A new wave of terror

July 5, 2020

Attacks on the Pakistan Stock Exchange building and Rangers personnel in Sindh have set alarm bells ringing for law enforcement agencies

Karachi: Multiple dead in June 29 terrorist attack on Pakistan Stock Exchange.

Recent attacks on Pakistan Stock Exchange (PSX) building and Rangers personnel in Karachi and other parts of Sindh province have set alarm bells ringing for law enforcement agencies.

Security officials privy to the development believe that after back-to-back attacks in Karachi, Ghotki, and Larkana on Rangers personnel on June 19, and the attack on stock exchange seem to be terrorist activities of the recently-forged alliance of Baloch and Sindhi ethnic separatist groups, and the Muttahida Qaumi Movement-London with support from a neighbouring country. However, they hold that the nexus will be unable to create serious law and order problems.

Until September 2013, when the Pakistan Muslim League-Nawaz federal government with the backing of the military launched a targeted operation in Karachi, the metropolis used to be a hub of major terrorist campaigns waged by religious and political militants, which impacted peace in Karachi on an almost daily basis. The year 2013 was the bloodiest, as 2,700 people got killed, according to statistics maintained by law enforcement agencies.

However, the spree came to a halt when the crackdown targeted perpetrators - Taliban groups, sectarian outfits, armed wings of ethnopolitical parties, and criminal gangs.

In the last two years, Karachi has seen the foiling of two major terrorist attacks aimed at hurting the country’s economic activities as well as its relations with China, which in partnership with Pakistan is developing a China Pakistan Economic Corridor (CPEC). The first of those attacks were carried out at the Chinese consulate in November 2018 and the other on June 29, when terrorists targeted the PSX building.

None of these attacks was carried out by Al Qaeda, Tehreek-i-Taliban Pakistan, Islamic State in Iraq and Syria (ISIS) or a sectarian group. Both were perpetrated by a faction of the Baloch Liberation Army (BLA) - led by Bashir Zaib, a former chairman of the Baloch Students Organisation.

A few years ago, the BLA leader Aslam Baloch alias Achu had separated from group head Hyrbyar Marri, who is in the United Kingdom in self-exile, and formed his own faction. After his death in a suicide attack in Kandahar, Afghanistan, in December 2018, Zaib became head of the faction.

On the other hand, the Sindhudesh Revolutionary Army (SRA), a recently proscribed little-known Sindhi separatist outfit, has claimed responsibility for the five attacks on Rangers in various cities on June 19 and June 10. The SRA is a splinter group of the Sindhudesh Liberation Army (SLA) headed by Shafi Burfat, who is also living in Europe. The group is currently headed by Syed Asghar Shah.

Raja Umar Khattab, a senior counterterrorism police officer, says that banned separatist groups from Sindh and Balochistan have become a new security challenge. “Sindhi militant groups, such as the SRA and the Sindhudesh Liberation Army used to carry out small-scale terrorist activities while Balochistan’s separatist groups have a history of carrying out large-scale attacks,” says Khattab.

“Ahead of the US withdrawal and the intra-Afghan peace process, local and regional patterns of terrorism will be

re-invigorated and several groups will mark new targets and areas to continue terrorism,” says Abdul Basit.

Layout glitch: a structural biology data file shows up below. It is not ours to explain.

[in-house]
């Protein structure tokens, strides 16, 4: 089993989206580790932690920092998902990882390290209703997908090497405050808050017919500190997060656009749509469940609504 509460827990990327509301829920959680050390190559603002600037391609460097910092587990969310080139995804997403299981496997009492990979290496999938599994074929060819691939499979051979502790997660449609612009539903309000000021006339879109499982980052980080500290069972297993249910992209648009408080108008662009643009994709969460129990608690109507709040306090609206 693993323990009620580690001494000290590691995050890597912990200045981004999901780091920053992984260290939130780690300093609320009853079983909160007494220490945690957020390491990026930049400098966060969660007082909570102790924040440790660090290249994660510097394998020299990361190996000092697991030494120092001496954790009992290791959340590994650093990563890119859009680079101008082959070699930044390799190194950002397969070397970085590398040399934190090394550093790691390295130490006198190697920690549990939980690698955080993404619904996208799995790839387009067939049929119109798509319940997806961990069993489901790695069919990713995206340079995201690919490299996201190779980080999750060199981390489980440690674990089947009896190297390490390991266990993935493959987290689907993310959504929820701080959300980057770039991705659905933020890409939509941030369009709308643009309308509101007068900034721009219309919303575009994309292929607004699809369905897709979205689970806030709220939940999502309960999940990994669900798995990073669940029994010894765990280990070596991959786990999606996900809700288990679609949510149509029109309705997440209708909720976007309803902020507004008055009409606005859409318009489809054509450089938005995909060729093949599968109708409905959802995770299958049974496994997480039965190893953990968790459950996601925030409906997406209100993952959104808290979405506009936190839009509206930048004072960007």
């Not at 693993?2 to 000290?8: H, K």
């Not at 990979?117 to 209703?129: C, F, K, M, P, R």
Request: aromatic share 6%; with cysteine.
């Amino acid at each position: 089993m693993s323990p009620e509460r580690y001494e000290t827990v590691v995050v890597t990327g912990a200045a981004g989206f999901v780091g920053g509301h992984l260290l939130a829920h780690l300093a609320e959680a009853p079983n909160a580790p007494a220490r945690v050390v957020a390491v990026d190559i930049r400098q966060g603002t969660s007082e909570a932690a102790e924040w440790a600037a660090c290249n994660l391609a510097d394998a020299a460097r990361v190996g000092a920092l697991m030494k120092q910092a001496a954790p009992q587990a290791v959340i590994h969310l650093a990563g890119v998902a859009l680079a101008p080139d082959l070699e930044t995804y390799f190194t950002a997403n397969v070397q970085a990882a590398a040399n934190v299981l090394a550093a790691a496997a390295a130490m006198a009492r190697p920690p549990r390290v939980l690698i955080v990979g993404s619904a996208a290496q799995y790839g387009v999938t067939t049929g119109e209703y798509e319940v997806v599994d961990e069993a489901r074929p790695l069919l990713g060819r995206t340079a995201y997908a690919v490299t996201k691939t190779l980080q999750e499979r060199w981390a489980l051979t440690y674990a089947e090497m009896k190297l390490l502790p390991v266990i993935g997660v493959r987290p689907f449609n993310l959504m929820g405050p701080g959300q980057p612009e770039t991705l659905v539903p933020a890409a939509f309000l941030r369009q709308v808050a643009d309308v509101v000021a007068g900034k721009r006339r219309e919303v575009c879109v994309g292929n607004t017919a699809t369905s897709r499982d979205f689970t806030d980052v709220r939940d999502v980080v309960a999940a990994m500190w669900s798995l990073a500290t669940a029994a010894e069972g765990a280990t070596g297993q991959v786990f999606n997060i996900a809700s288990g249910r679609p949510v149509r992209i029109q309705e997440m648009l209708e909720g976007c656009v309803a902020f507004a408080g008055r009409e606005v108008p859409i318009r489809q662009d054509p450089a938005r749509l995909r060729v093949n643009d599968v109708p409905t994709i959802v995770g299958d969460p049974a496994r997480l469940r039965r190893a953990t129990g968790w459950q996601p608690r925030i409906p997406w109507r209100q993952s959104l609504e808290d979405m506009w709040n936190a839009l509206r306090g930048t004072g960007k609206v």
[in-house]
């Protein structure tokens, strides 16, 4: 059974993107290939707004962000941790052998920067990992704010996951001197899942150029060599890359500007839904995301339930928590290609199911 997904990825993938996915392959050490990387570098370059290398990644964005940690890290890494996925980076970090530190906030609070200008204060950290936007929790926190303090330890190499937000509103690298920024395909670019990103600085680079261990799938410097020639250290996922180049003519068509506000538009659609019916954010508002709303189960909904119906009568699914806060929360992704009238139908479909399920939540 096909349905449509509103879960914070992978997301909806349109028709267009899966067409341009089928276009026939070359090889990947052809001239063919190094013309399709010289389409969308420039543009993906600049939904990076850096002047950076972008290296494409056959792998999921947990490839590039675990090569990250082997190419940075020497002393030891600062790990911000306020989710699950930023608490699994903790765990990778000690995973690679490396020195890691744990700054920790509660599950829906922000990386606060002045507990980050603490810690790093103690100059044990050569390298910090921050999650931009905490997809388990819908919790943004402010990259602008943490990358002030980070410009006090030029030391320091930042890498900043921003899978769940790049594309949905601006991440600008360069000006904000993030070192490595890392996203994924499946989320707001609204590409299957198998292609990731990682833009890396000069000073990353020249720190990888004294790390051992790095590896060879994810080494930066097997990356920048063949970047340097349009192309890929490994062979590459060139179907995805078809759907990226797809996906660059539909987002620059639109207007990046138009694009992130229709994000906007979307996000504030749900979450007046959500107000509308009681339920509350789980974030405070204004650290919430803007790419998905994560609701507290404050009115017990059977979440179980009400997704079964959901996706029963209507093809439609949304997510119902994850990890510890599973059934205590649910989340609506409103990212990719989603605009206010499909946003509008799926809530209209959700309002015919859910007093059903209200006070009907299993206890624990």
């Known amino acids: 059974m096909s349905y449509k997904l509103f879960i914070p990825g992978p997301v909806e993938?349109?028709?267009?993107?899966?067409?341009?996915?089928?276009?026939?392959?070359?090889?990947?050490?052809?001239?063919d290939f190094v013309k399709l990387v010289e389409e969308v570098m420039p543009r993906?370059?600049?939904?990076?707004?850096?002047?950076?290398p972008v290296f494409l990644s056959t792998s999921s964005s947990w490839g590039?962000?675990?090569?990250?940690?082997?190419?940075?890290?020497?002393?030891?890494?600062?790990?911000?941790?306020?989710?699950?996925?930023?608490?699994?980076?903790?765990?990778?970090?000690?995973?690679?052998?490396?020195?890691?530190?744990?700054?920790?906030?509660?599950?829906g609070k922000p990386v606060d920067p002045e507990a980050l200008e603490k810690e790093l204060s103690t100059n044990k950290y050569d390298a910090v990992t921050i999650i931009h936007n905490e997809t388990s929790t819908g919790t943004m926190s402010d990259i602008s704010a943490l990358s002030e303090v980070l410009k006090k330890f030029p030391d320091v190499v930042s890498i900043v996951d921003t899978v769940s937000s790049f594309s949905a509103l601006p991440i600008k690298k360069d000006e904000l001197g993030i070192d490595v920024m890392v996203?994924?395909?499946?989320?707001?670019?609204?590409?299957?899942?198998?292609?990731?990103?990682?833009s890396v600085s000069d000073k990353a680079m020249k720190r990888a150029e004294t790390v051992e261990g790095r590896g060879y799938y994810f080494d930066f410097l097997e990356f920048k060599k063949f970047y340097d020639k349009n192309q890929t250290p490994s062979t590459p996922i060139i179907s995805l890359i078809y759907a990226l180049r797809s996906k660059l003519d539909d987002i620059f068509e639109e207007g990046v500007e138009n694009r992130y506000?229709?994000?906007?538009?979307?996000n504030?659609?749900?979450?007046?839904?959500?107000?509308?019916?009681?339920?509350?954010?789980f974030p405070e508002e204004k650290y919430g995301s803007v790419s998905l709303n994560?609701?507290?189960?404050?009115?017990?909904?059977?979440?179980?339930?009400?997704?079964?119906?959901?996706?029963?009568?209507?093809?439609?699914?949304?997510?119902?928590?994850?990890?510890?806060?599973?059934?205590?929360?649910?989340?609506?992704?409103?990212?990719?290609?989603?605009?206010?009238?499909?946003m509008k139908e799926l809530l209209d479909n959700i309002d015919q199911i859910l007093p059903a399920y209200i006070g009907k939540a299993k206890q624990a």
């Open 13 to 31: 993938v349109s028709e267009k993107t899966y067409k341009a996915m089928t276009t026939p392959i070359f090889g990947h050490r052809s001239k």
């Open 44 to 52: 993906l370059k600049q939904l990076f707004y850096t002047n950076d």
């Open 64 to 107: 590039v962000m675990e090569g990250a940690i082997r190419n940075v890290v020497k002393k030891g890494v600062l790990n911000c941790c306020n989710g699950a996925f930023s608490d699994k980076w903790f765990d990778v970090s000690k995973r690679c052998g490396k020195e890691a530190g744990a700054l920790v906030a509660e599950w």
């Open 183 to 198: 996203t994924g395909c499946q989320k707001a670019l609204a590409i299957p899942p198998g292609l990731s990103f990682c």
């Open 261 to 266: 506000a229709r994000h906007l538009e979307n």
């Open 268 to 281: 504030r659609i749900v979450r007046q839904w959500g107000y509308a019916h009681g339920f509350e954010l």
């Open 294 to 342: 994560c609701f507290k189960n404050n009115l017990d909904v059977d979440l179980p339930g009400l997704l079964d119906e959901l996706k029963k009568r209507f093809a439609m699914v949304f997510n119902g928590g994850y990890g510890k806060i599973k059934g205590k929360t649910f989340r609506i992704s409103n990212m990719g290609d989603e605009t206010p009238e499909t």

“But the recent wave of terrorist attacks shows that RAW, India’s spy agency, has been behind it. It is using separatist groups from Sindh and Balochistan for subversive activities.”

The law enforcement officials also say that the groups are weak and pose no serious threat because they do not have a vast organisational structure and lack a support base.

The MQM, one a powerful political force, has already split into ‘good MQM’ and ‘bad MQM’ because of ongoing operation on the group since its founder’s August 22, 2016 hate speech. A large number of party leaders and workers have distanced themselves from him and formed MQM-Pakistan. The remaining group is now unofficially called MQM-London.

While law enforcement officials are still investigating the nature of the relationship between MQM-London and Sindh militant outfits, they believe that members of the former have been aiding the militants of the latter in carrying out subversive attacks.

Recently, a new militant group, Mohajir Freedom Fighters (MFF) claimed responsibility for a recent attack on the relatives of an MQM-Pakistan MPA in Karachi’s Orangi Town area.

According to law enforcement officials, it is too early to say whether the MFF is meant to be a distraction.

A law enforcement official has hinted that the Interior Ministry may ban MQM-London along with some factions of the JSQM. The Jeay Sindh Tehreek, another Sindhi ethnic party, has also recently come under the radar after its chief Dr Safdar Sarki, who is a US national, appeared in a video with the MQM founder a few months ago.

“The attacks have geopolitical underpinnings and should be seen in the context of India-China border dispute and the intra-Afghan peace process,” says Abdul Basit, a research fellow at the International Centre for Political Violence and Terrorism Research (ICPVTR) of the S Rajaratnam School of International Studies, Singapore.

“Ahead of the US withdrawal and the intra-Afghan peace process, local and regional patterns of terrorism will be re-invigorated and several groups will mark new targets and areas to continue terrorism”.

The writer is a The News staffer. Email: [email protected] and Twitter: @zalmayzia

A new wave of terror: Attacks on PSX building, Rangers in Sindh set alarm bells ringing for LEAs